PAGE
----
If you are an Internet entrepreneur or small business offering an affiliate program, New York’s Governor Eliot Spitzer wants to wrap you up in regulation and bureaucracy. Even if you run your business from Ohio or California or Hawaii.
If your business sells more than $10,000 to those in New York locations and you have an affiliate based in New York, you would be required to collect and remit taxes to New York authorities. For small businesses and entrepreneurs who sell through affiliate programs, this could be bad news.
Janet Attard of BusinessKnowHow.com writes that this plan, if it becomes law, would burden small businesses with extra expense and paperwork:
“I think the Governor’s proposal, should it be passed, will set a precedent that will unreasonably burden and harm New York small businesses and small businesses across the county.The burden comes in the form of extra costs to buy tax databases and to find and set up an online shopping cart to properly collect sales taxes. There’s also a huge time component (huge for the typical small business) associated with reporting and remitting the taxes.
New York’s tax system - and some in other states as well- is particularly cumbersome for small businesses because of the requirement to collect and remit taxes at the rate in effect in the taxing jurisdiction (usually the country or city) where you ship the product in the state. There are over 75 such taxing jurisdictions in effect in NY. Furthermore, there is no one tax rate that applies to all the taxing jurisdictions. * * *
If that all sounds like a huge nightmare, it is. Even though I’ve been able to get much of the process automated at this point, it still takes me or whoever I assign to the task at least half a day to fill out the quarterly tax report for New York. Imagine the time and effort that would be involved if all 50 states decided to put through proposals such as Governor Spitzer’s.”
And therein lies the point. What if all 50 states decided to do the same thing? Instead of leveling the playing field, it would further tip the scales in favor of big businesses that can afford to buy the databases and have in-house accounting departments to handle this.”
Oh, but wait,” you say. “Shouldn’t everyone pay sales tax?” Well, of course I am not suggesting that those obligated to pay sales or use taxes should refuse to pay.
The issue here is whether a seller that sells across state lines can be required to be the sales tax collection arm and remit it to each and every taxing authority. A U.S. Supreme Court case called Quill Corp. vs. North Dakota provides protection for interstate commerce, on the grounds that to require an out-of-state seller to comply with every tax jurisdiction in every state would be a crushing burden on interstate commerce.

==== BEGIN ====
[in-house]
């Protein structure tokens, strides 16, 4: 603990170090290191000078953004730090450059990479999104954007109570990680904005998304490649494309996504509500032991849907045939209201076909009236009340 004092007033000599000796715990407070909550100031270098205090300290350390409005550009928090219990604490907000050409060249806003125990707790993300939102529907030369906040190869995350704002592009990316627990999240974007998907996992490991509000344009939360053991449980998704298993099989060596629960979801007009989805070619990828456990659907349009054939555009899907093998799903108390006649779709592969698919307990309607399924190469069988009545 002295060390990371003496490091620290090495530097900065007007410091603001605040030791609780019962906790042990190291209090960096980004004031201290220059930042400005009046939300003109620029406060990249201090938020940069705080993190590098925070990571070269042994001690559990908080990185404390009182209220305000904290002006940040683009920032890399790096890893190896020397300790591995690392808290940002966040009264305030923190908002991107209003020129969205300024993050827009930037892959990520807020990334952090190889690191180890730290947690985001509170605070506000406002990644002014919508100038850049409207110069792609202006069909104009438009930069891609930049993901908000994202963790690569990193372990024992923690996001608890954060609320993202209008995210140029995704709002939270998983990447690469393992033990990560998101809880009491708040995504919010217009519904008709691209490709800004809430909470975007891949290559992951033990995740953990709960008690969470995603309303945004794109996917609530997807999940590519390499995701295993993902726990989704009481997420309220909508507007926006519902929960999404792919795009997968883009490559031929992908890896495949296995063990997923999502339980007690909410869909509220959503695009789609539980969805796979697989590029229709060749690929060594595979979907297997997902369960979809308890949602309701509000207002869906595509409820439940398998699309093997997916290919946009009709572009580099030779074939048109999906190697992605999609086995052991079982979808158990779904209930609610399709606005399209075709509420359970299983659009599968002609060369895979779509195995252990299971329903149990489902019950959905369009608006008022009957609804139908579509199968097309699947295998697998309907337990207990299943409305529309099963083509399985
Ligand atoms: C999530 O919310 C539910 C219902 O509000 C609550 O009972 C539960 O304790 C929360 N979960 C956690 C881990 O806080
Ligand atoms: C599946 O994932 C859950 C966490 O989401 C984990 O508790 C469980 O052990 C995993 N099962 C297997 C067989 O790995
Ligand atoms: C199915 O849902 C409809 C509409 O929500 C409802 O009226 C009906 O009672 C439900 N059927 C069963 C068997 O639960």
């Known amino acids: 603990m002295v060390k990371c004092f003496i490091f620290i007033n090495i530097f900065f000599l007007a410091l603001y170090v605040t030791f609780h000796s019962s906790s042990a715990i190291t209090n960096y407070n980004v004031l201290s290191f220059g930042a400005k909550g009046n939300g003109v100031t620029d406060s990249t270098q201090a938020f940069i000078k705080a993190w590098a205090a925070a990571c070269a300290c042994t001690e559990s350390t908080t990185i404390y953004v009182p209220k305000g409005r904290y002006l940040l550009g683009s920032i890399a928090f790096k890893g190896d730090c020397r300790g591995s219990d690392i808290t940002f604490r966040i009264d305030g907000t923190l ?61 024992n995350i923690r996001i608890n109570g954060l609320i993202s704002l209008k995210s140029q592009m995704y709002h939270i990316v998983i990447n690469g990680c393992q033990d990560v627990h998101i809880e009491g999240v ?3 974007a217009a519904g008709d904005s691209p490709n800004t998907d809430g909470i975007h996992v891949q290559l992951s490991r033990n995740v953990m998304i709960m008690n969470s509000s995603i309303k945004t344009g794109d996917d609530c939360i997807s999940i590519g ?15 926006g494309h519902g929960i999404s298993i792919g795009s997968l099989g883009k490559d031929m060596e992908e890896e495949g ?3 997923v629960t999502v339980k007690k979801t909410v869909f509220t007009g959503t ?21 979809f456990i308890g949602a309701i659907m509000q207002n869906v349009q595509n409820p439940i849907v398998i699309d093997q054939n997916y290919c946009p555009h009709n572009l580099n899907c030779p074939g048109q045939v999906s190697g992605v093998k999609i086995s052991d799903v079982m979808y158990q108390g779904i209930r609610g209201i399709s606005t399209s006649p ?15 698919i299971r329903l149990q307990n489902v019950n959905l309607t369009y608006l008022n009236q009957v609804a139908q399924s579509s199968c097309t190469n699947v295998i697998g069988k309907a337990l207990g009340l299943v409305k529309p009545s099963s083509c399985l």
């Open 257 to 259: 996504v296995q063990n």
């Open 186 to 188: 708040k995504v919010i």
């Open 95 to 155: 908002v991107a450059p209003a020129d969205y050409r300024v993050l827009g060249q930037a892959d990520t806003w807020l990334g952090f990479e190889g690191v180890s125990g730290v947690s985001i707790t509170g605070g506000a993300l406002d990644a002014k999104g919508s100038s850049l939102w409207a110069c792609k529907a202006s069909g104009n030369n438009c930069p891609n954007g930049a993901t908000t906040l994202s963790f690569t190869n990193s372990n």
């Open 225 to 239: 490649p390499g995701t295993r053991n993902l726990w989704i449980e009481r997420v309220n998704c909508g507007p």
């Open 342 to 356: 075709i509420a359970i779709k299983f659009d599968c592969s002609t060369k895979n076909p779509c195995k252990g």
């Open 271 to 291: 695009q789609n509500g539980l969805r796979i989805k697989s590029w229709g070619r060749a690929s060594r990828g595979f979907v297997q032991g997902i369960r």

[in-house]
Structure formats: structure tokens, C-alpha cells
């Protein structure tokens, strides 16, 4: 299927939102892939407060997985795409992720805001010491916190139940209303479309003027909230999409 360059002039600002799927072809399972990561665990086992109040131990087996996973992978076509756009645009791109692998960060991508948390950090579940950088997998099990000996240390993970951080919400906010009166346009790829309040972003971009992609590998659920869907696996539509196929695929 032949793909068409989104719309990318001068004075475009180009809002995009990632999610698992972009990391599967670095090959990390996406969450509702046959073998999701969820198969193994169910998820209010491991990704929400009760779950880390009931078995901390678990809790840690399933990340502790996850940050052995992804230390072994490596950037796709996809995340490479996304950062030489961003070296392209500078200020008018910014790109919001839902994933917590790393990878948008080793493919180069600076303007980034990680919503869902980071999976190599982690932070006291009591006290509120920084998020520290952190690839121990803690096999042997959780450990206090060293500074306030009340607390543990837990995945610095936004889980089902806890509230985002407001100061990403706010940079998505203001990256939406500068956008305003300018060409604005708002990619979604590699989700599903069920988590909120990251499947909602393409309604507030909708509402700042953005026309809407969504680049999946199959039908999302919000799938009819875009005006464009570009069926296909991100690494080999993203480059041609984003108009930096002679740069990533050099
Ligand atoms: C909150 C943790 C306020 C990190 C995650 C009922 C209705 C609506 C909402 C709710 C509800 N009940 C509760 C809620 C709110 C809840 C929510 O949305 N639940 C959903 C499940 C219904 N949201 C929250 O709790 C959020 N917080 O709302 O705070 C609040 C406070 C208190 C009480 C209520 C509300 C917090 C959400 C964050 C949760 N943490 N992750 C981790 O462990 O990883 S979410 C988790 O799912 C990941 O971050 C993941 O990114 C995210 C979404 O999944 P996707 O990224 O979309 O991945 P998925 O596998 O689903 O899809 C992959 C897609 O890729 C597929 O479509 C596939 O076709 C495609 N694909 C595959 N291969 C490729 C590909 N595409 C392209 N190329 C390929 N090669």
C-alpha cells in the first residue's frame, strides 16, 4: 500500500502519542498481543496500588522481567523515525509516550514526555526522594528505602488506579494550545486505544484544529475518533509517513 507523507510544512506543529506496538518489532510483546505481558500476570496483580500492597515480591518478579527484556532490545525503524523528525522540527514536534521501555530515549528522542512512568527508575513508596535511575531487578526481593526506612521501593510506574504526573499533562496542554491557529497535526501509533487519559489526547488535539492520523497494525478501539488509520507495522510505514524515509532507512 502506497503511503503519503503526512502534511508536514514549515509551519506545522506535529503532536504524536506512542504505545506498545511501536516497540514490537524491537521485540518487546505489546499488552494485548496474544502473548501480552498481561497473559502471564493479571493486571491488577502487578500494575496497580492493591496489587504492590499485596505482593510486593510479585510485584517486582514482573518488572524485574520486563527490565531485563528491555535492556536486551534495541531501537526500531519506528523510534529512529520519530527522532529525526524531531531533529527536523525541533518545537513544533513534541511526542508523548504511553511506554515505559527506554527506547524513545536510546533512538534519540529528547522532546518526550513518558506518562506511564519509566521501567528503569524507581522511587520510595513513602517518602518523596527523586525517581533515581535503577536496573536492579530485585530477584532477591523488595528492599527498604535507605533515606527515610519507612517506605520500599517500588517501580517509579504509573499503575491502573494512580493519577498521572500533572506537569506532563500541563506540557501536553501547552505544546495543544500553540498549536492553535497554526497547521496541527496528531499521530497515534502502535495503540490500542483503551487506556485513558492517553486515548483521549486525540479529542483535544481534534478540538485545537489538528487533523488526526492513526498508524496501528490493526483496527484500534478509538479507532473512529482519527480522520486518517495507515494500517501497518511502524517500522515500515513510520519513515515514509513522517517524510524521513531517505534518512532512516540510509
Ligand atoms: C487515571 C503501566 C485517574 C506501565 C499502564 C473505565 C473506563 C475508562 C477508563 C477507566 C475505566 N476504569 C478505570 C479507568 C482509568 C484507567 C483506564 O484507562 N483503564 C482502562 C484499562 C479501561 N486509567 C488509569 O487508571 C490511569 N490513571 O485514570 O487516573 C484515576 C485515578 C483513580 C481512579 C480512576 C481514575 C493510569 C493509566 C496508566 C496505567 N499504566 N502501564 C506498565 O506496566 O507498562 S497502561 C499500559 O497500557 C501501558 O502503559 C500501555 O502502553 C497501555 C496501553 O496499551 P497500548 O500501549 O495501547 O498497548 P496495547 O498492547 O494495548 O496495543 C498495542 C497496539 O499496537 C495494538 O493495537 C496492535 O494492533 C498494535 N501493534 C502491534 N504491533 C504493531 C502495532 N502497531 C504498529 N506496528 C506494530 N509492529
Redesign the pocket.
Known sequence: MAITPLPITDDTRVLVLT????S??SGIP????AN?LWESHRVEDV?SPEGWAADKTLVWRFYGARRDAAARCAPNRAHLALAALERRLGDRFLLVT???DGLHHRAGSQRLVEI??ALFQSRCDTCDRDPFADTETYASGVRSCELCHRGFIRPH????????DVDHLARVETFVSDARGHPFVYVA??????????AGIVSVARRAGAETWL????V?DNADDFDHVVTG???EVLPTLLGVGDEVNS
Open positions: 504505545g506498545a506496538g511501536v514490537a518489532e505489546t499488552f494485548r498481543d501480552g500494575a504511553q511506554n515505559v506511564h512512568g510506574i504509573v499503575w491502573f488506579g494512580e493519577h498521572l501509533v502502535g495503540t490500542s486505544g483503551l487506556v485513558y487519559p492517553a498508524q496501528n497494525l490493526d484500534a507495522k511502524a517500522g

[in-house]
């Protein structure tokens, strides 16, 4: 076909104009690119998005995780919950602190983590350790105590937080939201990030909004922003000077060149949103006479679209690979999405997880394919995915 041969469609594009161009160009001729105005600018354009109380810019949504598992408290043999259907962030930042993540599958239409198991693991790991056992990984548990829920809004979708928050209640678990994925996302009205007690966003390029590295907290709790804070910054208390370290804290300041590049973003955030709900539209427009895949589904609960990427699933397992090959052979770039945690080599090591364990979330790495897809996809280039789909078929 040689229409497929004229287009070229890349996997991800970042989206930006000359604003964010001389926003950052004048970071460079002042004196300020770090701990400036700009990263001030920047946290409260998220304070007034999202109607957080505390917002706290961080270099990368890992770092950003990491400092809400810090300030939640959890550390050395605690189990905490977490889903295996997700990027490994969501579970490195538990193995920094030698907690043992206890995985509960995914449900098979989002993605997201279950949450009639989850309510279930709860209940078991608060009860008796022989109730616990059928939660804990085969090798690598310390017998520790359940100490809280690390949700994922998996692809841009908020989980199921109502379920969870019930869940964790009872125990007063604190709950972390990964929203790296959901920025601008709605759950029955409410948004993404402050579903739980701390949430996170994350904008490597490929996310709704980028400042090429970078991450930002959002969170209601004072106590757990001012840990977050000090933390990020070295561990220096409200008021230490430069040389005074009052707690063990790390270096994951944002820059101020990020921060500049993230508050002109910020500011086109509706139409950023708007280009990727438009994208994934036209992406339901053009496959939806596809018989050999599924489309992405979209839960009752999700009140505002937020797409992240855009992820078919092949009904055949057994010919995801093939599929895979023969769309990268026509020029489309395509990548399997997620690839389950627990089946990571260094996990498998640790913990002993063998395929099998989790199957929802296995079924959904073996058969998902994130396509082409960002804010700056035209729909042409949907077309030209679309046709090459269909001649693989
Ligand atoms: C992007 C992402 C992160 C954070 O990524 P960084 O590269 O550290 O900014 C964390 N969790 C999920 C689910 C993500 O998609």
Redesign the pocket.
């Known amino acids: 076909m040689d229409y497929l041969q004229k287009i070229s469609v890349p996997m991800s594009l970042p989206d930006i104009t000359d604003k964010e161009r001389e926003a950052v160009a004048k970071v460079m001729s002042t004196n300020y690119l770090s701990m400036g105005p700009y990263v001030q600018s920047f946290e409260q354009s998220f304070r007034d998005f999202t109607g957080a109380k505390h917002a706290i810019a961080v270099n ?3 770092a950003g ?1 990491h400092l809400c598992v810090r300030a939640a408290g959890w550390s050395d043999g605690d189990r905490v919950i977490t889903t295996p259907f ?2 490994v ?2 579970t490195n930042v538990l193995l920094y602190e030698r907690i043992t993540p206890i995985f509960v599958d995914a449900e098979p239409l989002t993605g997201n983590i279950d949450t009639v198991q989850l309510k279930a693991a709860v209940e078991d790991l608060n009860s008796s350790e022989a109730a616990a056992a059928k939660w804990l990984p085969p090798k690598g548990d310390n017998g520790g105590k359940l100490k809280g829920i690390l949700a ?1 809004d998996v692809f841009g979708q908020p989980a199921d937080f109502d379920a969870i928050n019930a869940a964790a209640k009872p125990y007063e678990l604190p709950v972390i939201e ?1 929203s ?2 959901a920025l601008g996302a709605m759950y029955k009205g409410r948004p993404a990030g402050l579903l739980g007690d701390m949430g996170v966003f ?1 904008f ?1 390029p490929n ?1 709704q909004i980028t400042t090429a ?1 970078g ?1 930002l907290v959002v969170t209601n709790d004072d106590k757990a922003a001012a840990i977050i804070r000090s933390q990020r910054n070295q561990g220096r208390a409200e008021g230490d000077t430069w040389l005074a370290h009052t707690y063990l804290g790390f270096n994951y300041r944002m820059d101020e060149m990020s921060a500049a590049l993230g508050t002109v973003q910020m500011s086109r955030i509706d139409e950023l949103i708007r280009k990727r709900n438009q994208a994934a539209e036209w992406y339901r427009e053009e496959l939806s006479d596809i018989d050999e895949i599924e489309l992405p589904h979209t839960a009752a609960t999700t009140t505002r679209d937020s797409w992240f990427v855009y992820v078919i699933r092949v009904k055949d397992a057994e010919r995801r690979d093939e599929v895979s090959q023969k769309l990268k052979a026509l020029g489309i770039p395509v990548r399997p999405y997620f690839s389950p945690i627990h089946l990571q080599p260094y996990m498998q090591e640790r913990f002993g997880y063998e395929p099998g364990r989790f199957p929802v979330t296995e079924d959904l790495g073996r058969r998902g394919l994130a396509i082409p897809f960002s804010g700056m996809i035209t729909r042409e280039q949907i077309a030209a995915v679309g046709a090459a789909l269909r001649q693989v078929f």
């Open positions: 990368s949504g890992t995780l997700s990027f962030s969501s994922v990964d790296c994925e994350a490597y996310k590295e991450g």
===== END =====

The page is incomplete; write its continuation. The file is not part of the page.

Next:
According to the Tax Foundation, the Supreme Court said that a seller “must have a physical presence in a state in order to require collection of sales or use tax for purchases made by in-state customers. Physical presence means offices, branches, warehouses, employees, etc. The existence of customers alone” was not enough.
That case, applied routinely to mail order companies, encourages interstate commerce by stating that out-of-state sellers do not have the burden of complying with each and every taxing authority, unless they also have a significant presence in the state. Unfortunately, Governor Spitzer’s measure has been craftily cast in terms of Amazon.com versus in-state brick and mortar retailers. A recent New York Times blog post shows the lack of understanding of what this would mean for small online businesses. People are ganging up on Amazon, pointing out how easy it would be for Amazon to collect and remit taxes. The plight of smaller online businesses — especially microbusinesses — is getting lost in the shuffle.
The oh-so-informed Dawn Rivers Baker, Editor of the MicroEnterprise Journal, said to me in an email discussion, “I hope Governor Spitzer is open to feedback on this proposal from the state’s small business community. Everybody’s eyes are on Amazon with these proposals. In terms of fairness, nobody seems to consider it unfair for remote sellers to have to remit to a nationwide tally of over 7500 taxing jurisdictions, compared to only one for Main Street businesses!”
And if we think that somehow by adding sales tax collection it will stop people from buying online and drive them to buy from local retailers, think again. That’s contrary to human nature. Nothing is going to turn back the tide of online shopping. All shopping online is not about price — often it’s about getting a wider selection. Often it’s purely about convenience — of being able to shop from your home or office without having to run all over town. To assume that everything boils down to price and that requiring sales tax to be collected will somehow cause people to shop less online, is naïve — and years too late.